Austerity benefit freezes and Brexit inflation to cost lower-income households £300 next year

The benefit freeze 'risks ushering in a period of rising inequality on a scale not seen since Margaret Thatcher’s final term,' says think tank

Charlotte Beale
Sunday 15 October 2017 14:22 BST
If inflation remains at 2.9 per cent as expected, a family with one working parent and two children will be £305 worse off next year
If inflation remains at 2.9 per cent as expected, a family with one working parent and two children will be £305 worse off next year

Poorer households could be £300 worse off next year, due to benefit freezes and a predicted rise in inflation.

Half of all families with children will be affected, warns think tank the Resolution Foundation, meaning seven million children in total. 800,000 people looking for work and 2.4 million disabled people will also be hit.

For decades previously, the government has raised working-age benefits in line with inflation. But this stopped in April 2016, in a move designed to save the Treasury £3.7bn by 2020. The benefit freeze directly hit low- and middle-income households, with working households seeing the biggest losses.

September’s inflation figures will be announced on Tuesday. If inflation remains at 2.9 per cent as expected, the benefit freeze will leave a family with one working parent and two children £305 worse off next year, according to the Foundation. A working single parent with one child will be £225 worse off, and a single unemployed person will be £115 worse off.

RF analysis using OBR, March 2017 economic assumptions adjusted for differential to outturn

Typically, inflation is due to a healthy economy with rising pay, so households have a higher cost of living offset by higher wages. But this is not the case now. Current UK inflation is being caused by imported goods costing more because the pound was devalued so severely after the EU referendum. Average earnings are falling in real terms.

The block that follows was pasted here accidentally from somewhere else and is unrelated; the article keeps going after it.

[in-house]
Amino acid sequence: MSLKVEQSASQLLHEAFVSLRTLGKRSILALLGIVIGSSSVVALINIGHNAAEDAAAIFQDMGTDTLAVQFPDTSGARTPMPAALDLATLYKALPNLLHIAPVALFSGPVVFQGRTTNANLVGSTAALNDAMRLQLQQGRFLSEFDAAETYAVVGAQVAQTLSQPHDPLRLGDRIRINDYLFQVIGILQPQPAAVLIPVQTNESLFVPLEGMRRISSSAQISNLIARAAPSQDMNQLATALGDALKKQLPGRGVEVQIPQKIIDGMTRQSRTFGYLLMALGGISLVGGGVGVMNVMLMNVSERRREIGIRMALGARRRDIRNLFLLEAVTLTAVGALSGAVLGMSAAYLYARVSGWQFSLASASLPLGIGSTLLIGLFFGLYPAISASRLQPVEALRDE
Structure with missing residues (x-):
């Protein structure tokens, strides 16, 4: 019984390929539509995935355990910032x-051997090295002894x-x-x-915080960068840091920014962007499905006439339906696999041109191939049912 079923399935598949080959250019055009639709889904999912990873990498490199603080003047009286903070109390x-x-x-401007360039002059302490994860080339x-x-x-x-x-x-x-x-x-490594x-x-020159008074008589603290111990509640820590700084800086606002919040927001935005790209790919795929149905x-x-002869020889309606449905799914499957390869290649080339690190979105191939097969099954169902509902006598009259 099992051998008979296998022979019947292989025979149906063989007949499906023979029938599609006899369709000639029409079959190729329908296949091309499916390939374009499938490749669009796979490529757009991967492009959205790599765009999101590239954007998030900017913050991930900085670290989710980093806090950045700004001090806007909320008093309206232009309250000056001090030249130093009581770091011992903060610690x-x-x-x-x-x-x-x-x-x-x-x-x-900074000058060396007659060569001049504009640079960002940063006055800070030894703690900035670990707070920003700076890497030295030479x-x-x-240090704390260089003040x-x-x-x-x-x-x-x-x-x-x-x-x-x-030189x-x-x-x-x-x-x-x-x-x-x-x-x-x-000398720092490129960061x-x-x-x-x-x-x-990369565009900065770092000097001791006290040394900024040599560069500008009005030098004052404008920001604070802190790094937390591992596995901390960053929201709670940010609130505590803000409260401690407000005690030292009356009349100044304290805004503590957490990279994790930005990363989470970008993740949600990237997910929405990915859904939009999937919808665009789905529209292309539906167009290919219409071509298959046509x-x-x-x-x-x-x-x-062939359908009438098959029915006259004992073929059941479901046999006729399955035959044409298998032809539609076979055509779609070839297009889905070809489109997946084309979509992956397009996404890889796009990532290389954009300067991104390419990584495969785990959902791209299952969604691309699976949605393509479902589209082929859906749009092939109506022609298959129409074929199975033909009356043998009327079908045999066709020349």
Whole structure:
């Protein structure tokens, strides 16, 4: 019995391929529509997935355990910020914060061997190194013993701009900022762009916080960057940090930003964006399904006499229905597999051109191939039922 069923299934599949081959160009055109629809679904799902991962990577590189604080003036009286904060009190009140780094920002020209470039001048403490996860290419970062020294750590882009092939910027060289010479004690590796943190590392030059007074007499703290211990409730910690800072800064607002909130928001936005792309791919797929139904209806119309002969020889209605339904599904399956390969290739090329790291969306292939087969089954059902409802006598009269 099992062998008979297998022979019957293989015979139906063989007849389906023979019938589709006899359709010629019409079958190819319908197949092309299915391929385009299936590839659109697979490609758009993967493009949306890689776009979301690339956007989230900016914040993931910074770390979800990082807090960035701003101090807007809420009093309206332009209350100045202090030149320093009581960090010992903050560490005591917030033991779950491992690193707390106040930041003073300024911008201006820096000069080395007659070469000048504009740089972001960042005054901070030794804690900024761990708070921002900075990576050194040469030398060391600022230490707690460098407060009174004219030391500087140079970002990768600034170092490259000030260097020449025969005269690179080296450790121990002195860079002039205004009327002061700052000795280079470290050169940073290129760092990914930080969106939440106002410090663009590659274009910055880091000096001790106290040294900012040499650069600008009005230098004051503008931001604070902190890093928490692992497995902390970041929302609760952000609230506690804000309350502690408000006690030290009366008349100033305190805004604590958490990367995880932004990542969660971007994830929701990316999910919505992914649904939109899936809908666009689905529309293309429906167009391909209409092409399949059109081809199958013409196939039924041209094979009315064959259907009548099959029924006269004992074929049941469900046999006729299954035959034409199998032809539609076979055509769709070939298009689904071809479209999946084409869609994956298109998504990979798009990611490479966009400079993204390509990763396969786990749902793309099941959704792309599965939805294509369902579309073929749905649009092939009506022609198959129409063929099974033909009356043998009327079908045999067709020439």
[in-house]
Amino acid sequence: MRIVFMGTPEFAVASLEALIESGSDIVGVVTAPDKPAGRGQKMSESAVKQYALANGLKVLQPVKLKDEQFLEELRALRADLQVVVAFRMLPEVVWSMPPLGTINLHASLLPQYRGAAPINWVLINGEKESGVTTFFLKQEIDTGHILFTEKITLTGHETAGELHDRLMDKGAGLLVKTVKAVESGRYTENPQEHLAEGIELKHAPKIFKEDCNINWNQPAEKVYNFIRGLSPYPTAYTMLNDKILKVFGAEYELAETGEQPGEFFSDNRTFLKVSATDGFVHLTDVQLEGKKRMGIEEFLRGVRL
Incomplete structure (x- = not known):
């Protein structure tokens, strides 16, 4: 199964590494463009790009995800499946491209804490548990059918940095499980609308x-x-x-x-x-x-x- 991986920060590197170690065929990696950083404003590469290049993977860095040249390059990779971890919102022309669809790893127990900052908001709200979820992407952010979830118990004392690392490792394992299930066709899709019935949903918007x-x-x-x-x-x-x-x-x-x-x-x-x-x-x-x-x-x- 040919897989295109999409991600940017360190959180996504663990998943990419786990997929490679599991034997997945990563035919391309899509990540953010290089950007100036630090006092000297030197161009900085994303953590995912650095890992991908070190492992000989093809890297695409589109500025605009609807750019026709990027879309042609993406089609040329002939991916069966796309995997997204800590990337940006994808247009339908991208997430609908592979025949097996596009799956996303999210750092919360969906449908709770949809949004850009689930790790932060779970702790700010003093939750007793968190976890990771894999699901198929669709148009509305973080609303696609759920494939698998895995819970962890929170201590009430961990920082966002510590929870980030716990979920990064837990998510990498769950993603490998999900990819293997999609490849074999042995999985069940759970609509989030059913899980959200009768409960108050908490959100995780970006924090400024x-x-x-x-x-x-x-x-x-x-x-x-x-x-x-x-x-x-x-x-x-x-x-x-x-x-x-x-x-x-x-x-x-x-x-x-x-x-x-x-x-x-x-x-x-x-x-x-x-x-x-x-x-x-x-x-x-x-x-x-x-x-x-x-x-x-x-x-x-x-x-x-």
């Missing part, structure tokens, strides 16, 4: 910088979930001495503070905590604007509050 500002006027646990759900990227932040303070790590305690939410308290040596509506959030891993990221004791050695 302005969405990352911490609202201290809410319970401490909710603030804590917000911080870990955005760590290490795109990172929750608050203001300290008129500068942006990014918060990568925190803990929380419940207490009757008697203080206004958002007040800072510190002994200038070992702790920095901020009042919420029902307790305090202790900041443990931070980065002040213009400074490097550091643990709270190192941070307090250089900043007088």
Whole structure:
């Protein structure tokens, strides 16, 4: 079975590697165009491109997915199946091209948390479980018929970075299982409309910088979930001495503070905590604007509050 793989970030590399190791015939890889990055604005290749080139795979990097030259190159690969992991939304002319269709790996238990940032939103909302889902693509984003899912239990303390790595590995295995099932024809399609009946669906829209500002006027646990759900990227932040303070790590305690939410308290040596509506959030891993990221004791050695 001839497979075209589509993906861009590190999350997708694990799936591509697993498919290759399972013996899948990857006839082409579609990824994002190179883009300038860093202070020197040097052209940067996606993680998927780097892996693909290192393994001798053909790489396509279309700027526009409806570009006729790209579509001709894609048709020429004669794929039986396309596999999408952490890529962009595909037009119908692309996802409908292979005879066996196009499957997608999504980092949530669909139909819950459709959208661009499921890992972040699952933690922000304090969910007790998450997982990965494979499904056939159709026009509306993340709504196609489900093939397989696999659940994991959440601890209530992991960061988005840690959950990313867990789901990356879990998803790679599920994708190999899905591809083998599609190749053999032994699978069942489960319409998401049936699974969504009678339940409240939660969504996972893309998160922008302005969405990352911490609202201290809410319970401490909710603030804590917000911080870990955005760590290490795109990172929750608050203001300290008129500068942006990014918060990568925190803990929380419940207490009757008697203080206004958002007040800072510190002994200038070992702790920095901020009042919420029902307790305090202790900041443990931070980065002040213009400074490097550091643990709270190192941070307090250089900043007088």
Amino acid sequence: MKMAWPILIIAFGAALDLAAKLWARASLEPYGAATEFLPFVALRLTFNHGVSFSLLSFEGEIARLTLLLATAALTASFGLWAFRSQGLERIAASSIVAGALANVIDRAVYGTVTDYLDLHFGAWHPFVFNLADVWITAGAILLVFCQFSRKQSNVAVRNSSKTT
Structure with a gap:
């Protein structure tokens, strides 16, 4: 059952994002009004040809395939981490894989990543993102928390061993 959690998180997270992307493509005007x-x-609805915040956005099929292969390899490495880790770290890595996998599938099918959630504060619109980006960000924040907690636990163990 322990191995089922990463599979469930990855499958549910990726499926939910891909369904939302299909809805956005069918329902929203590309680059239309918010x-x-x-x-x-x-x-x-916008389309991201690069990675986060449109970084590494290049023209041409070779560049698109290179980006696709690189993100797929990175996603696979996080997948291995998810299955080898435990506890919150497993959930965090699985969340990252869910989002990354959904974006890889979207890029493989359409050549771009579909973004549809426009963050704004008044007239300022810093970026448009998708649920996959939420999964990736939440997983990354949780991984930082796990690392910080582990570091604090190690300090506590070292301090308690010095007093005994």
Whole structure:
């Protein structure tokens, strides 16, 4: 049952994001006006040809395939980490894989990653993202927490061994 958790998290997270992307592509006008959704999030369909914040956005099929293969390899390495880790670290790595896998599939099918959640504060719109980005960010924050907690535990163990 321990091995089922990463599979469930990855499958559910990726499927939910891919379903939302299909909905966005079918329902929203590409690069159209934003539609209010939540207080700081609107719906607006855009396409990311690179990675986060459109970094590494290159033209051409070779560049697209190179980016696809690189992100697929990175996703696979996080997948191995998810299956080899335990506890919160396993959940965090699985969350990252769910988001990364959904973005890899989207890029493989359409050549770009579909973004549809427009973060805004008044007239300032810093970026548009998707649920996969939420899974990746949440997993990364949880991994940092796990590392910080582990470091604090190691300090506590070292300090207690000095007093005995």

The benefit freeze will save the Treasury £1.8bn next year. But the Foundation is calling on Chancellor Philip Hammond to stop the freeze and allow benefits to rise in line with inflation.

The Treasury could make up the savings by freezing the tax-free personal allowance, it suggests, which is currently £11,500 and does rise in line with inflation. These savings would be paid for by the richest half of households.

It claims that keeping the benefits freeze in place would mean a widening income gap between rich and poor, accompanied by actual year-on-year fall in income for the lowest earners – for the first time ever.

Director of the Foundation, Torsten Bell, said: “Families across Britain are struggling through a fresh living standards squeeze. Prices in the shops are once again rising faster than the pay packets they bring home.

“The Chancellor cannot wish these challenges away in his upcoming Budget, but he still has major choices to make. And those choices should be made with one clear goal in mind: to ease the squeeze on low- and middle-income families – not make it worse.

“However, Government policy is currently set to do the opposite, freezing the value of crucial support that 11 million families receive. With inflation approaching 3 per cent, families are on course for the biggest real-terms cut in the value of their benefits for decades. A low-income working couple with two children could lose over £300 next year – a double blow given what is happening to wages.

“There are no easy answers for the Chancellor, but there are right ones. He should scrap the benefit freeze planned for next April.

“Given the huge fiscal pressure he’s under – both from Ministers’ demands for new cash, and a likely downgrade in the economic outlook – he could raise revenues by freezing the personal tax allowance next April. This would save around £2bn, with three-quarters coming from better-off households, and still leave him on track to deliver his tax cut pledges over the remainder of the Parliament.”

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